Florida spends more than a billion dollars a year warehousing people with mental illness in prisons, locked forensic treatment facilities and local jails. They are among the most wasteful dollars the state spends. Mentally ill defendants are provided treatment until they are competent to stand trial, then they are typically released only to be arrested again. An effort to change this paradigm has been in the works for years. On Tuesday, a Senate committee is expected to consider a pilot program to bring this population into highly managed community care. This an opportunity to stop wasting moneys and lives.
By using state resources differently, Florida's mentally ill residents can be treated and avoid the revolving door of jail and the streets. Under a plan proposed by the Department of Children and Families, the mentally ill accused of relatively low-level crimes would be diverted into locked community-based residential treatment facilities. Once stabilized, these individuals would be provided a continuum of care and monitoring in community-living settings.
Many mentally ill residents could live law-abiding lives if they had access to regular treatment and services. The DCF program would use case managers and other professionals to track their progress and help them obtain federal benefits to reach some level of self-sufficiency.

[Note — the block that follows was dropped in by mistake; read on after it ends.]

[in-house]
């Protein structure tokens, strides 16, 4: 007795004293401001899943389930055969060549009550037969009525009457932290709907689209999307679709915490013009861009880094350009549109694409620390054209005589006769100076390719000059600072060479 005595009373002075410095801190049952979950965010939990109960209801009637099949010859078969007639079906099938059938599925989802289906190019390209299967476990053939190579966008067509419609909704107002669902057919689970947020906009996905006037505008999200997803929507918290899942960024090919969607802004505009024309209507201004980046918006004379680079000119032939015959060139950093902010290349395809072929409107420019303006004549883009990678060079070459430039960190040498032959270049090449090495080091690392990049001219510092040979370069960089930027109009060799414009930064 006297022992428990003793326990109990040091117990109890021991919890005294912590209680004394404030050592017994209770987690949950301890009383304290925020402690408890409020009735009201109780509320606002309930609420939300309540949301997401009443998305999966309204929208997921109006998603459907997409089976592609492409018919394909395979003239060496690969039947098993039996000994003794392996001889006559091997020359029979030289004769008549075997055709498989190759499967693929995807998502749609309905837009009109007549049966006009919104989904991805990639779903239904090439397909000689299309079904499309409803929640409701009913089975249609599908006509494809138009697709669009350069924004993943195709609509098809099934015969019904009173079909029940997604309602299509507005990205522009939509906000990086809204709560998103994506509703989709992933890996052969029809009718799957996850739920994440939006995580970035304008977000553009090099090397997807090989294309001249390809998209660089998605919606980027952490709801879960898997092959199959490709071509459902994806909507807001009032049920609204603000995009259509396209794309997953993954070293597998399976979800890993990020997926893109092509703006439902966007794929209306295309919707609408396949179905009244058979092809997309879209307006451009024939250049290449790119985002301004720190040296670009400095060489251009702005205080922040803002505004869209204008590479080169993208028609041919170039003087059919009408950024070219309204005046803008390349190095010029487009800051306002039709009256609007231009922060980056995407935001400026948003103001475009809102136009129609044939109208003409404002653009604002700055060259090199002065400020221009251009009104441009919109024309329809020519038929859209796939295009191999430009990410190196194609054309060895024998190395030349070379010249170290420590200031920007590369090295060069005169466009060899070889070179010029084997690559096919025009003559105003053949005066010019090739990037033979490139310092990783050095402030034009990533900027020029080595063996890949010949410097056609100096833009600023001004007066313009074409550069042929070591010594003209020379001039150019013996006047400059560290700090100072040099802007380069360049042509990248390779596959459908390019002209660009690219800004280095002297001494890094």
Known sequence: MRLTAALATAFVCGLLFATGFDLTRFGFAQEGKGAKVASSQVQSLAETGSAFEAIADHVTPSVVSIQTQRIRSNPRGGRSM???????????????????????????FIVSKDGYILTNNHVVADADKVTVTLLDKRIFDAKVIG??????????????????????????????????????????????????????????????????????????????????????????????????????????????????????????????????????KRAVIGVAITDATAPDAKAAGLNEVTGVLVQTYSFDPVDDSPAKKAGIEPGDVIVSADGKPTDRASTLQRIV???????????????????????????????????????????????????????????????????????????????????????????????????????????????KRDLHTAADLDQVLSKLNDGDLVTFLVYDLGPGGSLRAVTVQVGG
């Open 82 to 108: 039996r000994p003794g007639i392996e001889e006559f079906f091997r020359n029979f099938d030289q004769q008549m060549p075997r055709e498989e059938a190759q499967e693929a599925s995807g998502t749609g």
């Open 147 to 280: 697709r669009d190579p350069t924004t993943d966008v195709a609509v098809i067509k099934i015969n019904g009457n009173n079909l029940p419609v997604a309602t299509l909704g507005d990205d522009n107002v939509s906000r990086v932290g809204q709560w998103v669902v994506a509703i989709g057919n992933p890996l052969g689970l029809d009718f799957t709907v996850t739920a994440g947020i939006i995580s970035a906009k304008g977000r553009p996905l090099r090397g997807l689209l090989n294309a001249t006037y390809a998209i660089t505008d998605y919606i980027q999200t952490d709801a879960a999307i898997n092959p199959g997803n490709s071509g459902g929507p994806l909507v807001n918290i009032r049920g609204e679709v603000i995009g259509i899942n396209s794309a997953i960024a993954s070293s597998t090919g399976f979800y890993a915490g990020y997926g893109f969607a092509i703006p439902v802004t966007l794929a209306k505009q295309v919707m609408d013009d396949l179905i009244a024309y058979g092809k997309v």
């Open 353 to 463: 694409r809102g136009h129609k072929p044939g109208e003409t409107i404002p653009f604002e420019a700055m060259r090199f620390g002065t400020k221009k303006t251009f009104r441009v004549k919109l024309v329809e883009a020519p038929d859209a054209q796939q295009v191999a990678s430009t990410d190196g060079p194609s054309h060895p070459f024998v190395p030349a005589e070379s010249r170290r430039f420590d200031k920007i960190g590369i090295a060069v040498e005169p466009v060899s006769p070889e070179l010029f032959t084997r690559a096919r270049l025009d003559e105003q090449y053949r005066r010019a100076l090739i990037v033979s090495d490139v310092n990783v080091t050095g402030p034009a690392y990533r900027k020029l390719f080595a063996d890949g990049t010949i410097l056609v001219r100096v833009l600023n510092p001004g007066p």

But DCF cannot launch its diversion experiment without changes to state law. The department needs the flexibility to shift up to 5 percent of funding from forensic treatment beds. It also needs permission to seek federal Medicaid dollars for indigent mentally ill criminal defendants in the program.
The Senate Criminal Justice Committee on Tuesday will consider a bill, SB 2612, that would create a forensic mental health probation and parole program in the Department of Corrections and authorize mental health courts throughout the state. Its sponsor, Sen. Ronda Storms, R-Brandon, should allow the changes that DCF seeks to be amended into her bill. That would get the pilot program moving this session.
A nudge from Senate President Jeff Atwater of North Palm Beach, who wants to be the state's next chief financial officer, also would help. Allowing this creative experiment would fit in nicely with a candidate for an office that looks out for Florida's long-term fiscal interests.
The mentally ill people who qualify for the diversion program would otherwise land in a state forensic hospital at a cost of more than $60,000. Then they would take a plea agreement — as roughly 80 percent do — and be released without any treatment or services. The sensible choice for Florida is to give the pilot program a try.
A St. Petersburg Times editorial
Published Friday, April 9, 2010